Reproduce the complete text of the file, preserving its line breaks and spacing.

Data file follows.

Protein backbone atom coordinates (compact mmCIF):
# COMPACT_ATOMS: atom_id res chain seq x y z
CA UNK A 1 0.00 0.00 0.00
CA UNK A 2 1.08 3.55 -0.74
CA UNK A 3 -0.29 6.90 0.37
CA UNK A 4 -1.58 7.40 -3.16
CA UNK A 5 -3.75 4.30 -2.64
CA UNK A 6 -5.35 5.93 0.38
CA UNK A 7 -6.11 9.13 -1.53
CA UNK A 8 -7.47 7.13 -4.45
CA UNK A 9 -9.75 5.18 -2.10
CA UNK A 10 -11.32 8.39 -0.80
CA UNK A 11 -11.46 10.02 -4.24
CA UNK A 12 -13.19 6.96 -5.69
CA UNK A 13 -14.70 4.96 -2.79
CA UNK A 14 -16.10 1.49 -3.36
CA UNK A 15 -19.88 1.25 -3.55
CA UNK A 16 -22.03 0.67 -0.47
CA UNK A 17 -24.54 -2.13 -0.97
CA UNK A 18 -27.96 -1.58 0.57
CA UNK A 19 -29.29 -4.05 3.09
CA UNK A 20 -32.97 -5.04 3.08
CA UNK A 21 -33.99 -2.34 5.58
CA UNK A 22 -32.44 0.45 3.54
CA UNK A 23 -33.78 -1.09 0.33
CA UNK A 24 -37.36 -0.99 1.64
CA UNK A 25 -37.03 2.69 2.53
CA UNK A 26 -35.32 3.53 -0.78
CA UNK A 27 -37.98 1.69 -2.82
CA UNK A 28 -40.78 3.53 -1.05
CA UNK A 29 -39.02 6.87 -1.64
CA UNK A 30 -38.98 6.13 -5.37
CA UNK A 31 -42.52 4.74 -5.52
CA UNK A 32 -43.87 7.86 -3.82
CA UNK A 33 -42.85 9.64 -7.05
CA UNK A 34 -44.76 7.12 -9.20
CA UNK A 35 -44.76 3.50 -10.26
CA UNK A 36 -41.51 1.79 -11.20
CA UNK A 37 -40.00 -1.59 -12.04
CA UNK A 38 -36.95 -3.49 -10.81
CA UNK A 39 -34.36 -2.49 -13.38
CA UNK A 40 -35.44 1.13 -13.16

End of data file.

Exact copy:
Protein backbone atom coordinates (compact mmCIF):
# COMPACT_ATOMS: atom_id res chain seq x y z
CA UNK A 1 0.00 0.00 0.00
CA UNK A 2 1.08 3.55 -0.74
CA UNK A 3 -0.29 6.90 0.37
CA UNK A 4 -1.58 7.40 -3.16
CA UNK A 5 -3.75 4.30 -2.64
CA UNK A 6 -5.35 5.93 0.38
CA UNK A 7 -6.11 9.13 -1.53
CA UNK A 8 -7.47 7.13 -4.45
CA UNK A 9 -9.75 5.18 -2.10
CA UNK A 10 -11.32 8.39 -0.80
CA UNK A 11 -11.46 10.02 -4.24
CA UNK A 12 -13.19 6.96 -5.69
CA UNK A 13 -14.70 4.96 -2.79
CA UNK A 14 -16.10 1.49 -3.36
CA UNK A 15 -19.88 1.25 -3.55
CA UNK A 16 -22.03 0.67 -0.47
CA UNK A 17 -24.54 -2.13 -0.97
CA UNK A 18 -27.96 -1.58 0.57
CA UNK A 19 -29.29 -4.05 3.09
CA UNK A 20 -32.97 -5.04 3.08
CA UNK A 21 -33.99 -2.34 5.58
CA UNK A 22 -32.44 0.45 3.54
CA UNK A 23 -33.78 -1.09 0.33
CA UNK A 24 -37.36 -0.99 1.64
CA UNK A 25 -37.03 2.69 2.53
CA UNK A 26 -35.32 3.53 -0.78
CA UNK A 27 -37.98 1.69 -2.82
CA UNK A 28 -40.78 3.53 -1.05
CA UNK A 29 -39.02 6.87 -1.64
CA UNK A 30 -38.98 6.13 -5.37
CA UNK A 31 -42.52 4.74 -5.52
CA UNK A 32 -43.87 7.86 -3.82
CA UNK A 33 -42.85 9.64 -7.05
CA UNK A 34 -44.76 7.12 -9.20
CA UNK A 35 -44.76 3.50 -10.26
CA UNK A 36 -41.51 1.79 -11.20
CA UNK A 37 -40.00 -1.59 -12.04
CA UNK A 38 -36.95 -3.49 -10.81
CA UNK A 39 -34.36 -2.49 -13.38
CA UNK A 40 -35.44 1.13 -13.16